Dear Putnam Valley Community Member:

As the District begins a long-awaited spring break, the change of season warms the physical and emotional self. For students and instructional staff, there is time for renewal and recreation and, for many students, family holidays and ceremonies that strengthen bonds and are sources of resilience. In an article I recently read, the author talked about how we heal divisions by creating “microclimates” in our homes or with friends to heal and help. An example of that kind of unity occurred at a meeting that took place on Monday in the Putnam Valley Library to plan a second “community read” experience to take place over the course of a month this summer in different locations throughout Putnam Valley. You will be hearing more about this project, now in its second year. The group of community members and leaders had met a few times before to recommend books that could possibly serve as the focus of this year’s “read.” There were several suggestions and the group members set out to read as many as possible to come up with a recommendation. The discussion of the books brought the committee together and led to provocative discussions about which of the books would attract readers who would join the gatherings. The committee members had different opinions about the books, but enjoyed the different perspectives and ultimately came up with a book of choice: Into the Beautiful North by Luis Alberto Urrea. Every suggested book had proponents and there were pros and cons, yet a happy consensus was reached based on criteria that had been determined, including accessibility, meaningful, universal, engaging theme. The “microclimate” created by the diverse group was collaborative and hopeful. The conversation provided room for many lenses and insights.

Schools create their own “microclimates” reflected by the respect, caring and compassion of those who inhabit them. We know that it is up to the adults to “make the weather” in the classrooms and demonstrate the best selves that we ask of students. I recently sat in at a grade level meeting at the Middle School. The teachers, the assistant principal and the principal were discussing how to support individual students, whose conduct had been challenging. What was beautiful about the “microclimate” created in that space was the effort made by teachers to find ways to encourage student success. There was respect and honor for individual students without rancor or sarcasm or even irony. Instead, there was a search for solutions, for allies, for ways to turn things around. That effort was inspiring and demonstrated what is possible in a world that is often harsh both in the real and virtual spaces that are created.

At the elementary school this week I viewed striking posters made by students celebrating their diverse cultures. While students described their country of origin, the food and customs, there was a common theme about how to represent their culture or cultures. It is instructive to learn how many of our students experience the richness of multiple cultures in their homes. Frequently, their representation of their culture included a lovely drawing of their family.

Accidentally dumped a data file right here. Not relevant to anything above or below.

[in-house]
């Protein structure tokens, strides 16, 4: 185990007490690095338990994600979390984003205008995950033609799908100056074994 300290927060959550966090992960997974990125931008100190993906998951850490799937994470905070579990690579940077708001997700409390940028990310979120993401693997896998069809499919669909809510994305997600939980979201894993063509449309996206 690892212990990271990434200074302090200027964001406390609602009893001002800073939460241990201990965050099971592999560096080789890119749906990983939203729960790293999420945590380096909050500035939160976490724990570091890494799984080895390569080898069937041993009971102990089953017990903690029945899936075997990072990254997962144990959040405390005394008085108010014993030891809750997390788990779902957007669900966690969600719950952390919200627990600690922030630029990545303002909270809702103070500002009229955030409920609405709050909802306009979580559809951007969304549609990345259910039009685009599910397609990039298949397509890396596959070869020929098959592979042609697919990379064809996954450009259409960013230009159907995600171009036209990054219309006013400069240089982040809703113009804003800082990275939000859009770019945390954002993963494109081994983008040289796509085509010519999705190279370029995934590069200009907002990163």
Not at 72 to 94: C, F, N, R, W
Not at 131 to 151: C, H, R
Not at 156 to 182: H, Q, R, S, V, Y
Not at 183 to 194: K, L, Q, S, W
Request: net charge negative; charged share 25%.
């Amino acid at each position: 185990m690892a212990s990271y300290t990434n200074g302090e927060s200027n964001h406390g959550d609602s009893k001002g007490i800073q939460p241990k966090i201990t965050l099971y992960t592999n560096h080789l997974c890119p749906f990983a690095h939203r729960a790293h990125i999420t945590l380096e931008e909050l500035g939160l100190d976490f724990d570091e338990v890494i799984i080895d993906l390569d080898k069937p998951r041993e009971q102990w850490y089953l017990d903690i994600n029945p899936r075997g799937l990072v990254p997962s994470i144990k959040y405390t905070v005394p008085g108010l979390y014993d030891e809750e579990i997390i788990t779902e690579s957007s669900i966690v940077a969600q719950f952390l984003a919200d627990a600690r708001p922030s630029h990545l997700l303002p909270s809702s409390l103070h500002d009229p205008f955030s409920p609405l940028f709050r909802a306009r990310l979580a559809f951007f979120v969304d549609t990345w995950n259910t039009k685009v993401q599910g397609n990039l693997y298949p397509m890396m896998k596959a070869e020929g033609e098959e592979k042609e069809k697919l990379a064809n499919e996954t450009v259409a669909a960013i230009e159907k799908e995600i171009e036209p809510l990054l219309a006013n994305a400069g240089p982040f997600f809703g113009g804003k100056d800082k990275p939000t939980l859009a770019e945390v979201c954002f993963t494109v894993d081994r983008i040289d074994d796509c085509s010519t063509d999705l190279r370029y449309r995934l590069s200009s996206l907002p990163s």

And at the High School, those who saw the remarkable musical, A Chorus Line, found the perfect collaborative and vibrant environment expressed by 30 students on stage and many members of the pit with 50+ involved in some way, doing sets and tech. During the musical, each of those auditioning for the “chorus line” has a story, an individual narrative of struggle, obstacles, and desire for success. These are touching and arouse our empathy. In the playbill, one of the students in the play serves as dramaturg, writing notes on the production. What she says calls out to this concept of creating special spaces and micro-communities that support our humanity:

Here are high school junior, Jasmine Gelfer’s words about her experience in A Chorus Line:

“This production also allowed me to develop friendships with people that I never would have been friends with if we weren’t in the show together. Theater brings people of different personalities and ways of life together, since we all share this common interest.  Working with this cast and crew has been nothing but positive. Everyone has their own strengths that, when brought together form a successful performance. Every single person involved with this production was necessary in making this show a success.”

We need each other’s unique contributions to make our schools and community a success on behalf of all of our students. There are ways we can be particularly supportive of all of our school communities. We can insist upon respectful communication unsullied by the use of racial, gender-based or ethnic slurs. There are instances when we hear about students who suffer the hurt of ugly words that tear down self-worth and deny the right to dignity and confidence. Often, students do not come forward with the name of perpetrators. When we know, we respond with the goal of ending the behavior and teaching students why this behavior is not tolerated.  We teach the history of these words and their impact, and we expect our students to be upstanders. We want to educate those who give pain to others. This is a good week for reflection on these matters and to establish a community consensus on the right of every child to be free of the careless use of hate speech in person or online.

I want to wish you all a safe and enjoyable week to make beautiful weather inside and out!

Sincerely,
Fran Wills
Superintendent of Schools